Tuesday, December 29, 2015

Got a minute? I have something really important to tell you.

On the afternoon of December 25th, whilst driving with Mrs. RWP the 30 miles to our son's home for the Brague family get-together (total in attendance: 15 , or 17 if you count Chester the dog and Gracie the cat) , I turned the radio on in our car (which vehicle was recently upgraded to a 2006 Nissan Murano with 107,000 miles from a 2000 Toyota Camry with 324,000 miles and now we are only a decade behind the consumer paradise where the automobile industry's incessant commercials tell us every right-thinking citizen should be instead of a decade-and-a-half) . It being Christmas and all, the regularly scheduled talk-radio programs (Can you say Rush? Can you say Sean?) had been replaced by four-hours of pre-recorded holiday music entitled "Mannheim Steamroller's American Christmas" -- I know it was pre-recorded because (1) the very same four-hour tape was broadcast on the afternoon of December 24th as well and (2) the talent presented included stuff like Bing Crosby singing "Do You Hear What I Hear?" and a male-female duo who reminded me of but were not Steve Lawrence and Eydie Gormé singing "Baby, It's Cold Outside" and what sounded like a very young Barbra Streisand singing, "I'll Be Home For Christmas" -- stuff nobody but old geezers whose minds are gone and whose muscles are too atrophied to stretch out their hands and change the station would listen to for more than five minutes.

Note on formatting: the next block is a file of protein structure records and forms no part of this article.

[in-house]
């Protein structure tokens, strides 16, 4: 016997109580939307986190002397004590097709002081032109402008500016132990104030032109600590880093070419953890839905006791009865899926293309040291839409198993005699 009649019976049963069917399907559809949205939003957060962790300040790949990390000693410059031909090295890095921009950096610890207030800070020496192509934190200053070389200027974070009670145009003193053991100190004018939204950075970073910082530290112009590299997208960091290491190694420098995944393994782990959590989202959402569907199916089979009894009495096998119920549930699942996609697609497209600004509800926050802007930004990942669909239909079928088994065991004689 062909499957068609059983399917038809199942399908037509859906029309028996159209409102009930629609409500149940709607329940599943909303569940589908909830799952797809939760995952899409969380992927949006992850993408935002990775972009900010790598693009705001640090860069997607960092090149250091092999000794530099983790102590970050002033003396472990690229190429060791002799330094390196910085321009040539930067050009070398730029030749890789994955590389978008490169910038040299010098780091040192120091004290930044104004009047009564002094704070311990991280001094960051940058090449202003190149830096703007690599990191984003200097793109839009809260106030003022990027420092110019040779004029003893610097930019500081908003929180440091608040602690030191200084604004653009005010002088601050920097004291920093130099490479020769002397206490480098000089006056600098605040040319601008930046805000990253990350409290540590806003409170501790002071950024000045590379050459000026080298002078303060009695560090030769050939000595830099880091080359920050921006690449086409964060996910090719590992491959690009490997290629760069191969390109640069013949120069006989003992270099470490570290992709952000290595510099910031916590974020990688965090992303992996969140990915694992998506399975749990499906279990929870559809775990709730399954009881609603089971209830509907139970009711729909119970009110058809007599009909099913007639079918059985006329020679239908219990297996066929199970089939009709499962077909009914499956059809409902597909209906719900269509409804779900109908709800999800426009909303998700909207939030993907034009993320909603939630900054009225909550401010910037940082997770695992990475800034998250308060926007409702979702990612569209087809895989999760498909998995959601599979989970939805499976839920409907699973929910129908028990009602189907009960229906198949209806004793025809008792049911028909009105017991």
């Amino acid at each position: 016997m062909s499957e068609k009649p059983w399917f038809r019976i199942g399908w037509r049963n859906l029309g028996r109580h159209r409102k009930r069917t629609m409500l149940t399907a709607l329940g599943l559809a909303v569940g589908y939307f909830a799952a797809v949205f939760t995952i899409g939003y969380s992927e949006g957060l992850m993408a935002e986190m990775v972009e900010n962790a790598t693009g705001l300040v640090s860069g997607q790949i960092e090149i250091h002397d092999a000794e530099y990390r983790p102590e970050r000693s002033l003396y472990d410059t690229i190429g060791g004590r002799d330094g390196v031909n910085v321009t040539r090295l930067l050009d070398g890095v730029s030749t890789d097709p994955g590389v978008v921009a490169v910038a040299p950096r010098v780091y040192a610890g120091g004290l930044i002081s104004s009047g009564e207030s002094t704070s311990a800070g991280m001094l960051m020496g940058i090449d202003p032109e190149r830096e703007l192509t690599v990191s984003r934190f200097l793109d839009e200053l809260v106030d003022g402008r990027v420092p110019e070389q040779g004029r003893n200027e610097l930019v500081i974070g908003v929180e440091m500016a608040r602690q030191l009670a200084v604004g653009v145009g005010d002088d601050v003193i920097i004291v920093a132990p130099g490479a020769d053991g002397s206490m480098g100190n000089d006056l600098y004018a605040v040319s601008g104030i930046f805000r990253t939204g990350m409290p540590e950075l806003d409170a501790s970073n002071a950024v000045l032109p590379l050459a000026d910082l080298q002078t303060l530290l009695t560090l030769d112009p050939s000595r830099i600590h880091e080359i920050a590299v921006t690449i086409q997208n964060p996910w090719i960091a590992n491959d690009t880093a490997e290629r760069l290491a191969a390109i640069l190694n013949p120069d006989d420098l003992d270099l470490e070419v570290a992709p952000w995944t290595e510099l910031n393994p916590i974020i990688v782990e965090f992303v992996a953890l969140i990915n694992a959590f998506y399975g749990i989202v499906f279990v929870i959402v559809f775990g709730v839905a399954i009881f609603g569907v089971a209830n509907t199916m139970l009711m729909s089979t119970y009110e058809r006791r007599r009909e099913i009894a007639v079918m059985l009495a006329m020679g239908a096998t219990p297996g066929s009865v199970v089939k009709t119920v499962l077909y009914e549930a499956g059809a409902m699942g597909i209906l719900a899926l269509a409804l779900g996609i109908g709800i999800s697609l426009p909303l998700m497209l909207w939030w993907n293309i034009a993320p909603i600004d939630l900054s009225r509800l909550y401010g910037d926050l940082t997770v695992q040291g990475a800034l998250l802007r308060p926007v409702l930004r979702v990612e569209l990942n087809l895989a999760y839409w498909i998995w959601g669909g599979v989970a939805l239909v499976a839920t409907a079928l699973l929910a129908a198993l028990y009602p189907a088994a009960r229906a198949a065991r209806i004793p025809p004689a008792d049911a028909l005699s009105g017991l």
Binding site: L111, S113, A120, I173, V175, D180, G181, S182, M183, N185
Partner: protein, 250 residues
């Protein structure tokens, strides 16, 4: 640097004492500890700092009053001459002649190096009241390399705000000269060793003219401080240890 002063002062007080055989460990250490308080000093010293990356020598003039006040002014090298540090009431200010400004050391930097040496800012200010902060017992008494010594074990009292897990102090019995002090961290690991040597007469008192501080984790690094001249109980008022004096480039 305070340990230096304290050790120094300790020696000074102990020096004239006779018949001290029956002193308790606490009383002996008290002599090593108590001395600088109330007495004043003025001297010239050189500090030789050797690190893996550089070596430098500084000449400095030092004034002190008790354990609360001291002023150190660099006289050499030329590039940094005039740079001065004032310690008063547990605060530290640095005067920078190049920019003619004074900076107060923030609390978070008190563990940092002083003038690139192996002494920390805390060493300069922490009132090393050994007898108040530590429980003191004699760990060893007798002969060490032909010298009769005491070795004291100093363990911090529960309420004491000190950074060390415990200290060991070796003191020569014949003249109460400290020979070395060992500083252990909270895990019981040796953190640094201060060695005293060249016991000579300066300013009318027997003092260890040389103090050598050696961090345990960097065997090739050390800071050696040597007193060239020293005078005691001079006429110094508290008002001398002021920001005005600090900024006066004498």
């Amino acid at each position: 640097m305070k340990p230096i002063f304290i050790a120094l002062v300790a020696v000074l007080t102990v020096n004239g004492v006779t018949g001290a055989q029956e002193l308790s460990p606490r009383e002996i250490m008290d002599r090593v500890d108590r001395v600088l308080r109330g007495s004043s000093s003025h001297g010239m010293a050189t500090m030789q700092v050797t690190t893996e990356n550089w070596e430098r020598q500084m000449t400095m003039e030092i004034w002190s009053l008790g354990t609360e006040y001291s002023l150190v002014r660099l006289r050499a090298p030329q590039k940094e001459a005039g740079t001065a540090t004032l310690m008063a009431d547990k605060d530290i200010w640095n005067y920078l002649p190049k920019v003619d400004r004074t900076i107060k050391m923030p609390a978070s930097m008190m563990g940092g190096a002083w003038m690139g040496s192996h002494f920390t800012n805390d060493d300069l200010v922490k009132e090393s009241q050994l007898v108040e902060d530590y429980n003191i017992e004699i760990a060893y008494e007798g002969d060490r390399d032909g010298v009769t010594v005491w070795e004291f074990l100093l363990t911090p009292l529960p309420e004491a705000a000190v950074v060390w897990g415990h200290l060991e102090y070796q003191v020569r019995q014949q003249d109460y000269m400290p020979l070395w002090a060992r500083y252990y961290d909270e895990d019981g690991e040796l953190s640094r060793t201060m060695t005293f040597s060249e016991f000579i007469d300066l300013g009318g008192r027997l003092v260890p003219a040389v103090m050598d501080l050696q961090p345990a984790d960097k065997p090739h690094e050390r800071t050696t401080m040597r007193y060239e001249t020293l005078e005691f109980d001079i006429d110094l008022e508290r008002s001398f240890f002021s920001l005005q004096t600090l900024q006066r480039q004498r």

I said all that to say this.

After every third or fourth song, the music was interrupted by somebody from Mannheim Steamroller telling all of us in the vast listening audience some supposedly interesting fact about the season. One of these non-musical segments was about our old friend Santa Claus and his counterparts in various countries of the world. What nearly made me drive off the road was that after the man with the radio-trained voice said that in England Santa Claus is known as Father Christmas, he told us that in France he is called Pierre Noël.

You read that correctly. Pierre Noël.

Au contraire, my golden-voiced, misinformed, highly paid friend. In France Santa Claus is not called Pierre Noël (Peter Christmas) . He is called Père Noël (Father Christmas) .

I'm so glad we had this time together.

I feel so much better now.

7 comments:

Elephant's Child said...

Sigh. The familiarity of that man. I am sure that Father Christmas never, ever gave him permission to call him by his first name without an honorific.

Shooting Parrots said...

I have every sympathy because it's the sort of thing that drives me nuts. For the record, Santa Claus is pretty much universal in the UK these days, or rather Santa as it is shortened, so wasting fewer syllables in these increasingly lazy times. Which is a shame because Father Christmas has quite different origins from St Nicholas and the Dutch Sinterklass.

ADRIAN said...

I thought he was just joking as I read it as père.
Have a really good 2016.

rhymeswithplague said...

Happy New Year to one and all!

Elephant's Child (Sue), are you sure that Père Noël's first name is Pierre? It might be Alphonse or Gaston or Nicholas or even Vladimir, but I don't think it's Pierre.

Shooting Parrots (Ian), perhaps clever parents invented characters like Sinterklass, Rumpelstiltskin, and Vlad the Impaler to keep their children docile and obedient. Stranger things have happened.

Adrian, he wasn't joking. He just didn't know how to pronounce French or thought there was a typo in the script.

Snowbrush said...

You listen to Rush and Sean? Really, you do? I ask you in all seriousness, my friend, are they consistent with: “Finally, brothers and sisters, whatever is true, whatever is noble, whatever is right, whatever is pure, whatever is lovely, whatever is admirable--if anything is excellent or praiseworthy--think about such things”?